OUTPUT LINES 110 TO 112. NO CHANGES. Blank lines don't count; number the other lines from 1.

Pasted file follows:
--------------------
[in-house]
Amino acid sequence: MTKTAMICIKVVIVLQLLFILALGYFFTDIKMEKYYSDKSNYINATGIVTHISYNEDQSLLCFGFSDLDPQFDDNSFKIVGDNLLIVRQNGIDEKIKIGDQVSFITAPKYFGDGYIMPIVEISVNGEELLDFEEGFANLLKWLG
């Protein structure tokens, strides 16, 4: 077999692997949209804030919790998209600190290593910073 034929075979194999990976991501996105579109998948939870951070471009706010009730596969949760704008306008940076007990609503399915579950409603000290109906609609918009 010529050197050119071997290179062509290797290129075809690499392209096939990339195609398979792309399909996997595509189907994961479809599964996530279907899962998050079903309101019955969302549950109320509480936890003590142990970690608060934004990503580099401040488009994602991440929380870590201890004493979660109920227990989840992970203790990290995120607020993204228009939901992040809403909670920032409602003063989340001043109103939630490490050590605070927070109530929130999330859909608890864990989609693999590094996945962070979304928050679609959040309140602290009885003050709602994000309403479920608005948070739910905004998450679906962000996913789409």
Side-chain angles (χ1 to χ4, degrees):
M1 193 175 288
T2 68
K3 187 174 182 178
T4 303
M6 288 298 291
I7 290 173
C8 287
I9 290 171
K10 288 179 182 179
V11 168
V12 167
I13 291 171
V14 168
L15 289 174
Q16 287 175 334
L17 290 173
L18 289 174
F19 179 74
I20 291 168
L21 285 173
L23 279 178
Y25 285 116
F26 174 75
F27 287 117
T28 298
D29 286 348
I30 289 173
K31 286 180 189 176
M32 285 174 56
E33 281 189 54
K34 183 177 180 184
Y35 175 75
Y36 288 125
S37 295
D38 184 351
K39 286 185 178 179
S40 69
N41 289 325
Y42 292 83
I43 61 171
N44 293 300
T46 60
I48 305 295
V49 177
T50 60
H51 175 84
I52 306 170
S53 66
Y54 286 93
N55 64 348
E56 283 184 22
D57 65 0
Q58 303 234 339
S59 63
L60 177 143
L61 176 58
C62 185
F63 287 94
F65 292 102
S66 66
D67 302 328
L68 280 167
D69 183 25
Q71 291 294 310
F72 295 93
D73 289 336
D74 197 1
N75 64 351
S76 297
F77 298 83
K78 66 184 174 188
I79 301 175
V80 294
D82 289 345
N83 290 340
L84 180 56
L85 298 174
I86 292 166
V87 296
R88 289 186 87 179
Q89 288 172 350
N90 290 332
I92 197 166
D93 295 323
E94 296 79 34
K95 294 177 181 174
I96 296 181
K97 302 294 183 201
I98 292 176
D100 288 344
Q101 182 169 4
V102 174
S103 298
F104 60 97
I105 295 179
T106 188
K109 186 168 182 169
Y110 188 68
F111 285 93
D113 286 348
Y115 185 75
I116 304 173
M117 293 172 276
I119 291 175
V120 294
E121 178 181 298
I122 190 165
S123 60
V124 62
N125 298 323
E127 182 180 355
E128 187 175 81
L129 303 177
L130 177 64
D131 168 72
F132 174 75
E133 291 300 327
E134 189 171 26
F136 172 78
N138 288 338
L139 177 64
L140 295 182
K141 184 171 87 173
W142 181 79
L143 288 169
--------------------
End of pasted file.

E121 178 181 298
I122 190 165
S123 60